Note: This works best for single columns. If you have multiple columns, you will need to repeat these steps multiple times, but don’t worry…it’s fast and fairly painless.
Step 2: Paste your column of data into PowerPoint as text
After copying your information in Excel, hit ALT + TAB to flip back to PowerPoint and hit CTRL + V to paste…
And immediately notice that you have a Paste Special icon in the lower right-hand corner of your pasted object.
Note: The icon below only shows up when you first paste something into PowerPoint. If don’t see it, delete the object on your slide and hit CTRL + V again.
Open up the Paste Special dialog box and select the last option, Keep Text Only.
Although it doesn’t look like you have a lot at this point, bear with me…
Step 3: Convert your list of text into SmartArt
Select the text box on your slide (so that you have a solid outline around it), navigate to the Home Tab, open up the Convert to SmartArt dropdown and you want to focus on two options here.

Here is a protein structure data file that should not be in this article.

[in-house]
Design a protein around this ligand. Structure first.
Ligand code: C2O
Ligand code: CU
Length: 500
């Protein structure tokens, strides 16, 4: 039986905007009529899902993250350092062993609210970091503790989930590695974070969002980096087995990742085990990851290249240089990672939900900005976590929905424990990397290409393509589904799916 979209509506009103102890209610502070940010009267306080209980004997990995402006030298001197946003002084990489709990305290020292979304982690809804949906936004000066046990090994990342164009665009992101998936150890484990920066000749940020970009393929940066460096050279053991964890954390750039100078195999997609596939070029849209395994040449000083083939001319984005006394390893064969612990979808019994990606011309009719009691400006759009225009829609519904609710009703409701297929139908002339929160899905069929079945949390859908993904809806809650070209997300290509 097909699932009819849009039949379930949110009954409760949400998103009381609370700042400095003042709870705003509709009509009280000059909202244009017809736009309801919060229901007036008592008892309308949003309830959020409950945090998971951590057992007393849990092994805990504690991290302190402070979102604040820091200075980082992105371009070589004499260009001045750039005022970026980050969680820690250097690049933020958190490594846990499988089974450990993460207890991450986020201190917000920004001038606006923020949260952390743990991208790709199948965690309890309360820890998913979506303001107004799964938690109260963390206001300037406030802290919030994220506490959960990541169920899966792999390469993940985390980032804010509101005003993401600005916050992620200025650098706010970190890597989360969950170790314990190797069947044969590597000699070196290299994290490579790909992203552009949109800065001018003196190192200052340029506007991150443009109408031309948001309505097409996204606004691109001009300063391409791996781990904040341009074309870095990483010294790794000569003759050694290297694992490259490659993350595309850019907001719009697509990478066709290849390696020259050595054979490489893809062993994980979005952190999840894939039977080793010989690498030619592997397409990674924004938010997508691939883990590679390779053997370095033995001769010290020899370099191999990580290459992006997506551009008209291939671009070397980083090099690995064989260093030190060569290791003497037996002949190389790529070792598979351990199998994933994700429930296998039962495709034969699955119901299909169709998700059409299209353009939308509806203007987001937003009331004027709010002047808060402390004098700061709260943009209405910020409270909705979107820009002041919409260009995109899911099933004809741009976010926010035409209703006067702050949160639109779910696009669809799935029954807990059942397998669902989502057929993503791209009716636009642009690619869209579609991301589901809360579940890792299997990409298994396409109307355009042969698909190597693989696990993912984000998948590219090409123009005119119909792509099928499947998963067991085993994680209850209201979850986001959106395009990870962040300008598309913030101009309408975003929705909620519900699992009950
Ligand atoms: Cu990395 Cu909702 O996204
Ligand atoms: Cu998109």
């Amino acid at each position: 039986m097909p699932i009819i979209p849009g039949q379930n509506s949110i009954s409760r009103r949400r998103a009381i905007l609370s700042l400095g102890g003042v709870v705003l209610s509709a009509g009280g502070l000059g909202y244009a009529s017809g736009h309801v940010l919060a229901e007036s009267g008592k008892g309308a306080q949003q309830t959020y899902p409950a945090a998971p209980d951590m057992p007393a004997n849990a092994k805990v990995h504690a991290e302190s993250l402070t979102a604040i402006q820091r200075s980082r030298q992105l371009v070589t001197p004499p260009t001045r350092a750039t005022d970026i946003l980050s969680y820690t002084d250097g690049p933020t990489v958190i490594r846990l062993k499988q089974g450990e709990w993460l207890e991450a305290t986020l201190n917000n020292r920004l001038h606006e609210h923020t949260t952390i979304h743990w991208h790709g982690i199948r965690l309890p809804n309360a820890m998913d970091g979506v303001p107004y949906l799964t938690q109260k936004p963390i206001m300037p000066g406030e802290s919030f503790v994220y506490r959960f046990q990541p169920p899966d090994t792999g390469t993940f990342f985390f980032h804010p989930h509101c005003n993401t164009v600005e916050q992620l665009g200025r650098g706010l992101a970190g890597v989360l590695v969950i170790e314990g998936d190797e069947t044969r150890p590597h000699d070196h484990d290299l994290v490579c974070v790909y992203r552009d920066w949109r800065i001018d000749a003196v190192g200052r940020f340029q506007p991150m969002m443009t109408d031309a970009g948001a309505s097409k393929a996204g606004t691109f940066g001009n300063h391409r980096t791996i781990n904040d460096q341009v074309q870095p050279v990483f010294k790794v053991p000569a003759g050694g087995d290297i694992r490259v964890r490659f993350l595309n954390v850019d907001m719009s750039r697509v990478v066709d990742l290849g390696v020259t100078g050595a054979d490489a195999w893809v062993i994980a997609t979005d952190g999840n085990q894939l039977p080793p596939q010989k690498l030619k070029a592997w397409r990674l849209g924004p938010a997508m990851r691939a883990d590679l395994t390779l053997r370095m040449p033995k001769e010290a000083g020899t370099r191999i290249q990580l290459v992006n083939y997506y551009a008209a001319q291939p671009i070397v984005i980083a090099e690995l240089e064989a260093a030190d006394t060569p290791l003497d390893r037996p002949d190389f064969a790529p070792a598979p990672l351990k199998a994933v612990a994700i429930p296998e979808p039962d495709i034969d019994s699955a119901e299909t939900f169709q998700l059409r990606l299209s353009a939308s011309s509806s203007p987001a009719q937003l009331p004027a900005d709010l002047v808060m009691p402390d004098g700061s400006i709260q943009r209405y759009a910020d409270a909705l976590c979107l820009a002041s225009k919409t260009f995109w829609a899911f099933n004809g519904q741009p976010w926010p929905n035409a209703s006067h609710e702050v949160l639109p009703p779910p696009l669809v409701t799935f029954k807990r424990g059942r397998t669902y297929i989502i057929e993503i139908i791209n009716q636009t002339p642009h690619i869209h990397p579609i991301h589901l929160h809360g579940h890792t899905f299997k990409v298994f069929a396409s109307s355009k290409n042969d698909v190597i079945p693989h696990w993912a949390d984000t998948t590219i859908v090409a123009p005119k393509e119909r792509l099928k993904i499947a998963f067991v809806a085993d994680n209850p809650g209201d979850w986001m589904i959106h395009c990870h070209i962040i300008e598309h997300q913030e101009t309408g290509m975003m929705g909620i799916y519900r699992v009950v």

This is VERY IMPORTANT.
Option #1: The vertical bullet list
Selecting the Vertical Bullet List option turns your graphic into a vertical column of shapes. In this case, the Vertical Bullet List is perfect for the categories and dates beneath our timeline.
Option #2: The organizational chart
Selecting the Organizational Chart turns your list of text into a horizontal column of shapes. In this case, the Organizational Chart is perfect for the horizontal milestones that we will place on top of our timeline.
Pick either one of these (I will continue on with the vertical layout).